"Sometimes I'm only pretending to listen." "Sometimes I'm only pretending to talk!" The verbal volleys go back and forth in actor/filmmaker Michael Barron's feature debut, a made-in-Cleveland comedy that plays as though Samuel Beckett, Tom Stoppard, Whit Stillman got tossed into the same burning Cuyahoga River together and clung to a Drew Carey-shaped flotation device for safety. Barron plays Fitz, a young man facing the world (i.e. dreary jobs at places like Burger Bazaar) armed with a worthless creative writing degree, a car composed mostly of rust, and arcane philosophies nurtured along by his slacker housemate Austin, ten years a lazy mall janitor and proud of it. Austin is able to pull some strings with upper management and gets Fitz in a position - wearing a urine-stained bunny costume at an Easter display. Just when it looks like things can't get any worse for the hero, a guy calling himself the devil offers to buy his soul, adding that Fitz should sell now, while it's still ... Written by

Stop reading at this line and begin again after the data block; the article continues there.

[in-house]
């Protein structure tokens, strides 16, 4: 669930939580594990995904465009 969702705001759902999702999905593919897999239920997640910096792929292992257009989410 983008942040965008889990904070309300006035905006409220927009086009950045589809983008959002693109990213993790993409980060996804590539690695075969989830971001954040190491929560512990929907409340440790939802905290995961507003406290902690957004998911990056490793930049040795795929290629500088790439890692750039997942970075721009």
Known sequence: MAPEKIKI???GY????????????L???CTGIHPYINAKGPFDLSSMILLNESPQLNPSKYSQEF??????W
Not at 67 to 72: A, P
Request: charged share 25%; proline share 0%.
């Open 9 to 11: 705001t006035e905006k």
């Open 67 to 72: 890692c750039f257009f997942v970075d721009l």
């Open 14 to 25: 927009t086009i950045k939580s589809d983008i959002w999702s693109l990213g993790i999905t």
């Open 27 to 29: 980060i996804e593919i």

Shot on a shoestring, maybe, but captures the existential angst of Gen-Xrs with wry wit, sentimentality, occasional belly laughs and a hint of poetry.
Despite the shoestring, the film looks a lot better than a lot of grainy video-looking cliché crap that enjoys wider distribution. Why this film is unavailable is unknown to me - it appeared to have died after a brief festival run. It's part of a small batch of indie films that were made in that brief slip of time after it became rock-star cool to be an indie filmmaker and before digital video burst out of its shell that never made it past the festivals, and that exemplify personal expression. If you can find it take a look.
If you like this film check out The Pigeon Egg Strategy
0 of 0 people found this review helpful.
Was this review helpful to you?